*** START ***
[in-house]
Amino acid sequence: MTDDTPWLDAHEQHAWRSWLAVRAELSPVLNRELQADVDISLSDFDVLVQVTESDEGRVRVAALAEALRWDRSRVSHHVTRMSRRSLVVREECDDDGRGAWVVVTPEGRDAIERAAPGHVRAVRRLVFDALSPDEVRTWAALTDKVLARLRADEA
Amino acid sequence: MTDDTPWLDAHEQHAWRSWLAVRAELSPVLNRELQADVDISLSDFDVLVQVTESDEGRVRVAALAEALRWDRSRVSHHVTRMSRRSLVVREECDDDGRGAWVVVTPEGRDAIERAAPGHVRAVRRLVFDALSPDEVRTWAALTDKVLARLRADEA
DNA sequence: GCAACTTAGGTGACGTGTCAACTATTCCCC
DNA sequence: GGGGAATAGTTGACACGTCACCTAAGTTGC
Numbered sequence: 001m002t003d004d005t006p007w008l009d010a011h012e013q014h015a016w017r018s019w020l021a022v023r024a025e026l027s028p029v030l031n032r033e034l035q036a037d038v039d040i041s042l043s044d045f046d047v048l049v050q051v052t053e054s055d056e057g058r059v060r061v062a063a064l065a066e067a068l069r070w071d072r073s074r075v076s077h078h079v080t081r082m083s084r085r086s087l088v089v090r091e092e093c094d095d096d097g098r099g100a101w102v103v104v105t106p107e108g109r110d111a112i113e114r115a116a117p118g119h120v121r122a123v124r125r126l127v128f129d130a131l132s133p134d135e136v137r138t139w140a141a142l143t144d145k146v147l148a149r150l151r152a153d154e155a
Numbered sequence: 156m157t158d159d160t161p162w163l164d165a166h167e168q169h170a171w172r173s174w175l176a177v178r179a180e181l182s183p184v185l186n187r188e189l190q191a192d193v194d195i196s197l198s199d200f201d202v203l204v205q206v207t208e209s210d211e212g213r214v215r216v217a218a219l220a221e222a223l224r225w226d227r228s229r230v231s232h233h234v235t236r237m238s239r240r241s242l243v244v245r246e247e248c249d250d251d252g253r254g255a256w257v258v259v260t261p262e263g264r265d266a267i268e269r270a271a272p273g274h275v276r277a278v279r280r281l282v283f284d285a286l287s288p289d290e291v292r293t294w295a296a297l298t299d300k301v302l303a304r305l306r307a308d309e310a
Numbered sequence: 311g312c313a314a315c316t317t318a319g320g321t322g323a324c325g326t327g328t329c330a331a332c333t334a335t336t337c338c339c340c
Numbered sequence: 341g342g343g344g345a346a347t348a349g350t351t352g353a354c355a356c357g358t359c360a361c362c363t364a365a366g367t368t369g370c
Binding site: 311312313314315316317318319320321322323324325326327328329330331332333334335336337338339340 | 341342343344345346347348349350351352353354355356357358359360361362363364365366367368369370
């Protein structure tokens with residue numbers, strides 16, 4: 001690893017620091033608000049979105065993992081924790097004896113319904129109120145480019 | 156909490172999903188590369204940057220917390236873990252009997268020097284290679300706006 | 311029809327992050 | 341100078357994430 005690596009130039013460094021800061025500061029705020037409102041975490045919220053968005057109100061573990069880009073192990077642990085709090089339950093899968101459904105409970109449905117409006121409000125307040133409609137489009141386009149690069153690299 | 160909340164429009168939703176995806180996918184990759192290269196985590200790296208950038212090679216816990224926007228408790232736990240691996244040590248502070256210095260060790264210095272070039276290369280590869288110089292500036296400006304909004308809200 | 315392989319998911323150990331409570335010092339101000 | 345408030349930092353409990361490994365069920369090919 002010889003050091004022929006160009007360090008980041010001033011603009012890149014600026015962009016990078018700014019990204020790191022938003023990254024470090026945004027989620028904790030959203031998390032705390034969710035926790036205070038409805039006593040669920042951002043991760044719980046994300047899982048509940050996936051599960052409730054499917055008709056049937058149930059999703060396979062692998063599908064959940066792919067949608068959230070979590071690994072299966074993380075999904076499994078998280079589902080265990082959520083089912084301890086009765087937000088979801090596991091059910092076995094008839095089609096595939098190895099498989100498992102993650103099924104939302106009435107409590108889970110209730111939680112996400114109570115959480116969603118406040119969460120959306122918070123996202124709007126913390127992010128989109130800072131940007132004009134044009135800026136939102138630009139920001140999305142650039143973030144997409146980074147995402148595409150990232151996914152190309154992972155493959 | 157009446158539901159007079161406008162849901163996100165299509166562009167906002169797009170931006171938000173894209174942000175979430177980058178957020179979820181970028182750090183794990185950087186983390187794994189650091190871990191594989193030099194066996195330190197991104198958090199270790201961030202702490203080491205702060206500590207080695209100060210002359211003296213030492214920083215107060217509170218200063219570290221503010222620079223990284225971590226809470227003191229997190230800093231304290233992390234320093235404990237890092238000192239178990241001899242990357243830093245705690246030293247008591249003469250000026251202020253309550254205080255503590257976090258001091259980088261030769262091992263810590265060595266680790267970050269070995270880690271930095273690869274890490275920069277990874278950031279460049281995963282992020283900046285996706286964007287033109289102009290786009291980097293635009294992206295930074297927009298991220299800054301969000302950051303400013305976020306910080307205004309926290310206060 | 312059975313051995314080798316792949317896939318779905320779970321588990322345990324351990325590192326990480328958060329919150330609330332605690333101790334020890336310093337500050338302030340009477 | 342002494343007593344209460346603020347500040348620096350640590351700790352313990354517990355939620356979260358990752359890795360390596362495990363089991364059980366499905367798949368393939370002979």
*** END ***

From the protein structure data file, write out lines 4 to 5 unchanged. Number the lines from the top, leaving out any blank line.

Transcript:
DNA sequence: GCAACTTAGGTGACGTGTCAACTATTCCCC
DNA sequence: GGGGAATAGTTGACACGTCACCTAAGTTGC